Liberating 990 Data

How do I know I'm a philanthropy wonk? The title of this post thrills me, that's how I know.

I'm crossposting what follows from Beth Noveck, co-author of the Aspen Institute paper on Liberating 990 data. I'm tuning in to the live stream, making sense of my scribbles which I marked all over the paper and will be back here soon with my thoughts on this.


From Beth Noveck

Every year in the United States approximately 1.5 million registered tax-exempt organizations file a version of the “Form 990” with the IRS and state tax authorities. While the questions vary between the version for private foundations or small nonprofits, the 990 collects details on the financial, governance and organizational structure of America’s universities, hospitals, foundations, and charities to the end of ensuring that they are deserving of tax exempt status. These organizations, which together pay $670 billion in wages and benefits annually, create America’s education, culture, art, religion, science, and provide many of the social services upon which our communities depend.

With a national movement in the U.S. to shrink the role of government, non-profits may be expected to expand their programs as they step in to fill essential needs. The role of nonprofits may now become even greater – and deserving of greater scrutiny.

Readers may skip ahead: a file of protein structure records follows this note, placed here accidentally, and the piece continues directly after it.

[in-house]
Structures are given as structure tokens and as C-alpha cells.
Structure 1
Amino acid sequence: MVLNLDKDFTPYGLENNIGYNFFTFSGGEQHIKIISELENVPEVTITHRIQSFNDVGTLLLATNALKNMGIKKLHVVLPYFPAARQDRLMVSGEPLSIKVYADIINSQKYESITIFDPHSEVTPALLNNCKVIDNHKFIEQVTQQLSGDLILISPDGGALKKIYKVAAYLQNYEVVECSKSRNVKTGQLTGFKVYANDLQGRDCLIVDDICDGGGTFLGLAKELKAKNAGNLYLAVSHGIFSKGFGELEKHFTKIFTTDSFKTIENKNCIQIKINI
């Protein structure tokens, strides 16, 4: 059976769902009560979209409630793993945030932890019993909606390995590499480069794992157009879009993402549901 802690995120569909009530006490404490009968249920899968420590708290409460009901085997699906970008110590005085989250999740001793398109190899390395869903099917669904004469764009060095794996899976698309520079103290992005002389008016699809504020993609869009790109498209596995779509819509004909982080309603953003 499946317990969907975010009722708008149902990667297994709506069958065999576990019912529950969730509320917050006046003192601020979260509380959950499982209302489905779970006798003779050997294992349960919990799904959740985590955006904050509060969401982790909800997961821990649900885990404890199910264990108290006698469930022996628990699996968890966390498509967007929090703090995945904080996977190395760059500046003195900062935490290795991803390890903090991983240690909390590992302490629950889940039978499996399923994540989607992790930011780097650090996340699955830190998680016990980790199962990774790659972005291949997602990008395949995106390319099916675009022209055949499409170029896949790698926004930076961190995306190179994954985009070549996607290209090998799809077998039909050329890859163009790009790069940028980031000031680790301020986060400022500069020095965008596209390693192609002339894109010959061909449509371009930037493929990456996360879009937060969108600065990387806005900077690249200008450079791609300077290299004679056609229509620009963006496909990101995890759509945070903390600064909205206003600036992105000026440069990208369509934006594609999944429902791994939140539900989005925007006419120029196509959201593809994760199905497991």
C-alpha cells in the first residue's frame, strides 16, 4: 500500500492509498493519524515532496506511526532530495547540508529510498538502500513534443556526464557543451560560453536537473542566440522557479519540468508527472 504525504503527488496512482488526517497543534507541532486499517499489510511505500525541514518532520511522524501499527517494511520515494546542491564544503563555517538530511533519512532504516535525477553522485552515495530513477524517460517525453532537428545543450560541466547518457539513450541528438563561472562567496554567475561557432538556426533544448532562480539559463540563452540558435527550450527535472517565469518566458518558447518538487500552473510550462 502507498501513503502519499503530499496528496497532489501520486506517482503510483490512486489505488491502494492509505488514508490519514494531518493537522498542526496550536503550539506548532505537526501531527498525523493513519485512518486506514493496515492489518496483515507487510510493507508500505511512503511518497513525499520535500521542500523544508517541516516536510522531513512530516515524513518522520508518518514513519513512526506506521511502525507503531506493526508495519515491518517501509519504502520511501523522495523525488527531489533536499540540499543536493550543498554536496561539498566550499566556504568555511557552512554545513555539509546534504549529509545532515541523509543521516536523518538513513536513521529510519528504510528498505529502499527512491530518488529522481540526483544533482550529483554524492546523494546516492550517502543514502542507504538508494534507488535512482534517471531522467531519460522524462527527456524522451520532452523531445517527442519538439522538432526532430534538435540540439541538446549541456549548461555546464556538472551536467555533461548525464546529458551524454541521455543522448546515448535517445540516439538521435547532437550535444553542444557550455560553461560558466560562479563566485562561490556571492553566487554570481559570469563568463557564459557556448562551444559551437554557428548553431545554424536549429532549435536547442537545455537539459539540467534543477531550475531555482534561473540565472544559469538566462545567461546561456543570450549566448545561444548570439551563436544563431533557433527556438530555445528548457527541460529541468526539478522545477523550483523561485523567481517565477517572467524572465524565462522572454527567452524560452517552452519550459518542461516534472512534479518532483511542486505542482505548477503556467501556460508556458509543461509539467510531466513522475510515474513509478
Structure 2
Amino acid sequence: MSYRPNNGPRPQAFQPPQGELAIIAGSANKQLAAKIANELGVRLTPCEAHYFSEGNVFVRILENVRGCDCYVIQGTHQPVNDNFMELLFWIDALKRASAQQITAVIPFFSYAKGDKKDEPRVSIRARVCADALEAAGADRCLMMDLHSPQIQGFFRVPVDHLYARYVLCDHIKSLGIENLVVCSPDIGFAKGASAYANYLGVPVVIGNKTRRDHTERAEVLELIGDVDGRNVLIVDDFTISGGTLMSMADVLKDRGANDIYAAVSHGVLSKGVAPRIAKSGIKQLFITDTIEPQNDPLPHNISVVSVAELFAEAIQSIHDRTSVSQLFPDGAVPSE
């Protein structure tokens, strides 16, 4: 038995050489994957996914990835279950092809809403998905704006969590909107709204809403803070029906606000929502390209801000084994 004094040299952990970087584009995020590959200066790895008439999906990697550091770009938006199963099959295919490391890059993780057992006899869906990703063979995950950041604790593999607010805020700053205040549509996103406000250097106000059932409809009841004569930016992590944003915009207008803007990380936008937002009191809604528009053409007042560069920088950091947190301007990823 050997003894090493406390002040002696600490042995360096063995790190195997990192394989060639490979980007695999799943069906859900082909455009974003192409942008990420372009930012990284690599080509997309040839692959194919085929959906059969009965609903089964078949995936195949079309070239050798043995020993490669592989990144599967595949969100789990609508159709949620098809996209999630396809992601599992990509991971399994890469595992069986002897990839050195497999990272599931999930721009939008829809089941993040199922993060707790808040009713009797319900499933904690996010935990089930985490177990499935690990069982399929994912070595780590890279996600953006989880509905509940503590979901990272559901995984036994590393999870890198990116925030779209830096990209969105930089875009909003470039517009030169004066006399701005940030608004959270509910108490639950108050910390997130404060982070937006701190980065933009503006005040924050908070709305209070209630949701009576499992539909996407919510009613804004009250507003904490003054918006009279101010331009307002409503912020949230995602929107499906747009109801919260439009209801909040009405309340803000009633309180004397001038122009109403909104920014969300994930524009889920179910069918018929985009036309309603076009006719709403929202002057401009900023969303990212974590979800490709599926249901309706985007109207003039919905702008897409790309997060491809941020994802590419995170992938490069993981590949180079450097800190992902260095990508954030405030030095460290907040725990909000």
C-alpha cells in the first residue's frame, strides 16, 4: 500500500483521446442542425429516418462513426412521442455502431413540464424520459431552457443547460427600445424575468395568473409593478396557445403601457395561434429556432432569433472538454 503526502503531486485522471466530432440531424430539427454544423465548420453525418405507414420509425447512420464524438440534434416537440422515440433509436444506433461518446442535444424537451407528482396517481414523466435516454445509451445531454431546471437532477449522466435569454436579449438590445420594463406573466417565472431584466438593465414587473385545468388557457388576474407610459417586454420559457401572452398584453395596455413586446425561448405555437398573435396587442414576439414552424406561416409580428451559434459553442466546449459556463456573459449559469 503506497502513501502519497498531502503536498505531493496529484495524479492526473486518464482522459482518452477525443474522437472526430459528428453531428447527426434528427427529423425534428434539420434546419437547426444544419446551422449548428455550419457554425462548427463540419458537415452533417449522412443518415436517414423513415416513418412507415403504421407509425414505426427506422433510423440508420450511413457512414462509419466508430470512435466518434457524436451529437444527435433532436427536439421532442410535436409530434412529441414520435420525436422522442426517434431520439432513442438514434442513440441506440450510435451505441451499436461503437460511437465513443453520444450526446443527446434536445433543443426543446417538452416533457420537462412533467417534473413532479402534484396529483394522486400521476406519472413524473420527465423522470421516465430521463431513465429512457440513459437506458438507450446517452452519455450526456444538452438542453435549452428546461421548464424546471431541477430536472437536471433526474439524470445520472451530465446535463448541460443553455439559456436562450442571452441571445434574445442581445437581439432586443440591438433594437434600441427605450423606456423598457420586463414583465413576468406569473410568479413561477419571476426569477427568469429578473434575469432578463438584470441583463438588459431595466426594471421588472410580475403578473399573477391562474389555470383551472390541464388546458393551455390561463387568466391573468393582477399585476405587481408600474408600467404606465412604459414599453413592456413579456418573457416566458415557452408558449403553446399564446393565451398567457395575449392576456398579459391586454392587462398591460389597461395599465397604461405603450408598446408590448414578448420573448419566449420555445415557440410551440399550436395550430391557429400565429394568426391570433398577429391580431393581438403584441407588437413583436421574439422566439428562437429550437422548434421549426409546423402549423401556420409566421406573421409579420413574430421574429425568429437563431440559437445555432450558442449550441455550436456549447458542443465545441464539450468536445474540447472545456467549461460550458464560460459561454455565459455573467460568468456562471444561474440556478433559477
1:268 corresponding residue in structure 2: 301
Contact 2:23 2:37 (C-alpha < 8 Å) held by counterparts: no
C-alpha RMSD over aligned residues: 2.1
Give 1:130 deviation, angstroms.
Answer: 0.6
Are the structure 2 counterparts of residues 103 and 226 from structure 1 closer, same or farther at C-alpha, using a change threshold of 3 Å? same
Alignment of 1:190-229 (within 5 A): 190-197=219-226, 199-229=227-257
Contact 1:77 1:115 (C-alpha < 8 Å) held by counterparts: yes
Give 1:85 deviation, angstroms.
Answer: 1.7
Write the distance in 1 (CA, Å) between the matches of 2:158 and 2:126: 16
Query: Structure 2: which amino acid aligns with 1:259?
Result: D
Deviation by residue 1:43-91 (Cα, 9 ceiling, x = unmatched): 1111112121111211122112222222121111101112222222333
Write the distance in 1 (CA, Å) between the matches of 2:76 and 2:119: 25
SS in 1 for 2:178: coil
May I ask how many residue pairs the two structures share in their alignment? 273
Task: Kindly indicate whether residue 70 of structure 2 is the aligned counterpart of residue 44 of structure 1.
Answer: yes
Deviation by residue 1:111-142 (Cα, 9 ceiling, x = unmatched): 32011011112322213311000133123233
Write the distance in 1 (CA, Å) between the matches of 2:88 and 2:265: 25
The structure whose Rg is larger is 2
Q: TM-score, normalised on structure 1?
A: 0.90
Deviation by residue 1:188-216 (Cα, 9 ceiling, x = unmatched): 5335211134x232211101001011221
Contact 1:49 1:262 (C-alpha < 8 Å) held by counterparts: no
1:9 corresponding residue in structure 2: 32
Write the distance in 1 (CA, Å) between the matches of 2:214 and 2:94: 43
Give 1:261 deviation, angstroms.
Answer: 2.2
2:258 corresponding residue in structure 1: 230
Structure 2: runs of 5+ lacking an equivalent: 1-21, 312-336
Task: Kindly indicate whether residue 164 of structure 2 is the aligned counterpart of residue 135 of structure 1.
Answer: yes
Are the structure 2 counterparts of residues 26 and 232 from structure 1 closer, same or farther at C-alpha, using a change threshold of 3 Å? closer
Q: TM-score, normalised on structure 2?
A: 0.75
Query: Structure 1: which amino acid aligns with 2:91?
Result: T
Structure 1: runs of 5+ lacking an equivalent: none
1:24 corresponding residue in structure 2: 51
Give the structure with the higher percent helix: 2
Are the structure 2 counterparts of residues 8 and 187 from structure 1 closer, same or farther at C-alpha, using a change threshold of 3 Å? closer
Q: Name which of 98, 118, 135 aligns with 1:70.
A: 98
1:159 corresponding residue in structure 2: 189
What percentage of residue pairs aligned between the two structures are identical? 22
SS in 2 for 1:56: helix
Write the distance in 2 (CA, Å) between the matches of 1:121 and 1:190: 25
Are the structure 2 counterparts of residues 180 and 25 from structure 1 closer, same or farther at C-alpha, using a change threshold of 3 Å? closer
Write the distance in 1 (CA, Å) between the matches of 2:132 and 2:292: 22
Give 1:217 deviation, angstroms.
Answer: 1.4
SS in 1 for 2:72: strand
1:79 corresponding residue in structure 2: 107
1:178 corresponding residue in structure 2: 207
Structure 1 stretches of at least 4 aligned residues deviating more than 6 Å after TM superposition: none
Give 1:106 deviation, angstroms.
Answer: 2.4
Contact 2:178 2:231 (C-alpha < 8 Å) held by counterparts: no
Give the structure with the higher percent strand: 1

The data that the IRS collects about nonprofit organizations present a great opportunity to learn about the sector and make it more effective. Yet this data could be made far more useful than it is today. It’s time to “liberate” 990 data and make it easier to gain insight into the workings of America’s nonprofits.

The IRS does make nonprofits’ Form 990 returns available, but only on DVDs for a high fee. A single year’s worth of 990s costs over $2,500, arguably to recoup the costs of pressing and mailing all these dics. But there is no reason to charge for the Form 990 data at all. Just as most people have gotten accustomed to sharing large files via a service like Drop Box, it would be simple for the IRS to publish the returns online for anyone to download in bulk for free. This week two groups committed to government transparency, Public Resource and the Internet Archive, used their own resources to post 12 years of returns online, demonstrating that it can be done.

As President Obama declared on his first day in office, “Information maintained by the Federal government is a national asset,” and IRS data on nonprofits is important and valuable information that should be available to everyone.